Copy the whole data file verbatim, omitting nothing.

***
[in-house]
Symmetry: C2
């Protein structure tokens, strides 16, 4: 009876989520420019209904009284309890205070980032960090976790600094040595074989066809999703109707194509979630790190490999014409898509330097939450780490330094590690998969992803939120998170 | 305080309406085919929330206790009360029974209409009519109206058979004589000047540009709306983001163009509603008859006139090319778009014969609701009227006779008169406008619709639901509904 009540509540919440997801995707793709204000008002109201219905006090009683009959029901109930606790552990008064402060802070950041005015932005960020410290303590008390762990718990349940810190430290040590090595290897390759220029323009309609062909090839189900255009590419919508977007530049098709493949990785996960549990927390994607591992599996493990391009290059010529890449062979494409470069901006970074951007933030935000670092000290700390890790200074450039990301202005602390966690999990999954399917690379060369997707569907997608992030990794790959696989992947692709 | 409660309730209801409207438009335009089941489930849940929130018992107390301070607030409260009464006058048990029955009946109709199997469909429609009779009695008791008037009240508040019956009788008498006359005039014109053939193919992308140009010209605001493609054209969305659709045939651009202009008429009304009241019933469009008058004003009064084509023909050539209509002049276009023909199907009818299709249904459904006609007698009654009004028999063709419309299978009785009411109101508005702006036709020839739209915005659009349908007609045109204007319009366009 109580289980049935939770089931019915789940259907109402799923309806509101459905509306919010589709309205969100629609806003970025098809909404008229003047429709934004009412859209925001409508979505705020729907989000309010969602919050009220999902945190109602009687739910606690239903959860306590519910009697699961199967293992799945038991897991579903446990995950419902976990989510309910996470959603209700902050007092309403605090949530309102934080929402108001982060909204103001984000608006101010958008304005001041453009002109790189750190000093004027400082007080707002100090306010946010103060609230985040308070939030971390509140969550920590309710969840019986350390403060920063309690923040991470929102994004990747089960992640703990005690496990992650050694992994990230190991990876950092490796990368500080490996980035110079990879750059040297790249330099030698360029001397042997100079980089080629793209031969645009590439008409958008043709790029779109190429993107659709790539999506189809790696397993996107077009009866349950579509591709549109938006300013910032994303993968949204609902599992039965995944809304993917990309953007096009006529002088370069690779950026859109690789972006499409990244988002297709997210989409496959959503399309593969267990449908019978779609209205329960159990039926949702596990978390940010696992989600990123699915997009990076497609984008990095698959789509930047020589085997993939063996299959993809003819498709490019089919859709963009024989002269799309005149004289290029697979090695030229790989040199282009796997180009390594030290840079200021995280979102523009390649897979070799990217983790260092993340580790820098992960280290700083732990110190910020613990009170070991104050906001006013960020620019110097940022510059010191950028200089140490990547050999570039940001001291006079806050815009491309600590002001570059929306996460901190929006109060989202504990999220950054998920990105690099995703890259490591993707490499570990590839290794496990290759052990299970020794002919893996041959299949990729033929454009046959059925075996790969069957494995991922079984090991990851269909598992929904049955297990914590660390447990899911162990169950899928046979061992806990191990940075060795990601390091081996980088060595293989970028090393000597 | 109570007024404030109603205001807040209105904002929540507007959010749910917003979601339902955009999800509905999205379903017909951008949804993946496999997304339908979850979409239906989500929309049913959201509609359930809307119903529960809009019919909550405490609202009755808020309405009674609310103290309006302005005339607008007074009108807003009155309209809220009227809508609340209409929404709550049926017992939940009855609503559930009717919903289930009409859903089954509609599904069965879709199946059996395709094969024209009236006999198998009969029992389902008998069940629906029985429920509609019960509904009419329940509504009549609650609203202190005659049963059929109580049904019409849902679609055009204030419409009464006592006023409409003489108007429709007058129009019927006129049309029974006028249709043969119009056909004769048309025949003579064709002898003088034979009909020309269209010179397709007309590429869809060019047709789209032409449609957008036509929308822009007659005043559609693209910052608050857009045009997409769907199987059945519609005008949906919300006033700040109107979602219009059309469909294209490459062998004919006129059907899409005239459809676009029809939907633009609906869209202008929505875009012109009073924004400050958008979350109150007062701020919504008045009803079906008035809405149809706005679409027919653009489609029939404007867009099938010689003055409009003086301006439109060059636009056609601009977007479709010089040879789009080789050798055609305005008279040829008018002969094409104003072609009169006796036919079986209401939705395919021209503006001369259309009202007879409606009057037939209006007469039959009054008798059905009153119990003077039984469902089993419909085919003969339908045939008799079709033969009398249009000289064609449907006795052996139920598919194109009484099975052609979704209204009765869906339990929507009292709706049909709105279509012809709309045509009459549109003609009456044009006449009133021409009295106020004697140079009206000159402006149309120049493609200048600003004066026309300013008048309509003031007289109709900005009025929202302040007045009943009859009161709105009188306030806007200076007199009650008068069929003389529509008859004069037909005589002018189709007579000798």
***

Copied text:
[in-house]
Symmetry: C2
């Protein structure tokens, strides 16, 4: 009876989520420019209904009284309890205070980032960090976790600094040595074989066809999703109707194509979630790190490999014409898509330097939450780490330094590690998969992803939120998170 | 305080309406085919929330206790009360029974209409009519109206058979004589000047540009709306983001163009509603008859006139090319778009014969609701009227006779008169406008619709639901509904 009540509540919440997801995707793709204000008002109201219905006090009683009959029901109930606790552990008064402060802070950041005015932005960020410290303590008390762990718990349940810190430290040590090595290897390759220029323009309609062909090839189900255009590419919508977007530049098709493949990785996960549990927390994607591992599996493990391009290059010529890449062979494409470069901006970074951007933030935000670092000290700390890790200074450039990301202005602390966690999990999954399917690379060369997707569907997608992030990794790959696989992947692709 | 409660309730209801409207438009335009089941489930849940929130018992107390301070607030409260009464006058048990029955009946109709199997469909429609009779009695008791008037009240508040019956009788008498006359005039014109053939193919992308140009010209605001493609054209969305659709045939651009202009008429009304009241019933469009008058004003009064084509023909050539209509002049276009023909199907009818299709249904459904006609007698009654009004028999063709419309299978009785009411109101508005702006036709020839739209915005659009349908007609045109204007319009366009 109580289980049935939770089931019915789940259907109402799923309806509101459905509306919010589709309205969100629609806003970025098809909404008229003047429709934004009412859209925001409508979505705020729907989000309010969602919050009220999902945190109602009687739910606690239903959860306590519910009697699961199967293992799945038991897991579903446990995950419902976990989510309910996470959603209700902050007092309403605090949530309102934080929402108001982060909204103001984000608006101010958008304005001041453009002109790189750190000093004027400082007080707002100090306010946010103060609230985040308070939030971390509140969550920590309710969840019986350390403060920063309690923040991470929102994004990747089960992640703990005690496990992650050694992994990230190991990876950092490796990368500080490996980035110079990879750059040297790249330099030698360029001397042997100079980089080629793209031969645009590439008409958008043709790029779109190429993107659709790539999506189809790696397993996107077009009866349950579509591709549109938006300013910032994303993968949204609902599992039965995944809304993917990309953007096009006529002088370069690779950026859109690789972006499409990244988002297709997210989409496959959503399309593969267990449908019978779609209205329960159990039926949702596990978390940010696992989600990123699915997009990076497609984008990095698959789509930047020589085997993939063996299959993809003819498709490019089919859709963009024989002269799309005149004289290029697979090695030229790989040199282009796997180009390594030290840079200021995280979102523009390649897979070799990217983790260092993340580790820098992960280290700083732990110190910020613990009170070991104050906001006013960020620019110097940022510059010191950028200089140490990547050999570039940001001291006079806050815009491309600590002001570059929306996460901190929006109060989202504990999220950054998920990105690099995703890259490591993707490499570990590839290794496990290759052990299970020794002919893996041959299949990729033929454009046959059925075996790969069957494995991922079984090991990851269909598992929904049955297990914590660390447990899911162990169950899928046979061992806990191990940075060795990601390091081996980088060595293989970028090393000597 | 109570007024404030109603205001807040209105904002929540507007959010749910917003979601339902955009999800509905999205379903017909951008949804993946496999997304339908979850979409239906989500929309049913959201509609359930809307119903529960809009019919909550405490609202009755808020309405009674609310103290309006302005005339607008007074009108807003009155309209809220009227809508609340209409929404709550049926017992939940009855609503559930009717919903289930009409859903089954509609599904069965879709199946059996395709094969024209009236006999198998009969029992389902008998069940629906029985429920509609019960509904009419329940509504009549609650609203202190005659049963059929109580049904019409849902679609055009204030419409009464006592006023409409003489108007429709007058129009019927006129049309029974006028249709043969119009056909004769048309025949003579064709002898003088034979009909020309269209010179397709007309590429869809060019047709789209032409449609957008036509929308822009007659005043559609693209910052608050857009045009997409769907199987059945519609005008949906919300006033700040109107979602219009059309469909294209490459062998004919006129059907899409005239459809676009029809939907633009609906869209202008929505875009012109009073924004400050958008979350109150007062701020919504008045009803079906008035809405149809706005679409027919653009489609029939404007867009099938010689003055409009003086301006439109060059636009056609601009977007479709010089040879789009080789050798055609305005008279040829008018002969094409104003072609009169006796036919079986209401939705395919021209503006001369259309009202007879409606009057037939209006007469039959009054008798059905009153119990003077039984469902089993419909085919003969339908045939008799079709033969009398249009000289064609449907006795052996139920598919194109009484099975052609979704209204009765869906339990929507009292709706049909709105279509012809709309045509009459549109003609009456044009006449009133021409009295106020004697140079009206000159402006149309120049493609200048600003004066026309300013008048309509003031007289109709900005009025929202302040007045009943009859009161709105009188306030806007200076007199009650008068069929003389529509008859004069037909005589002018189709007579000798």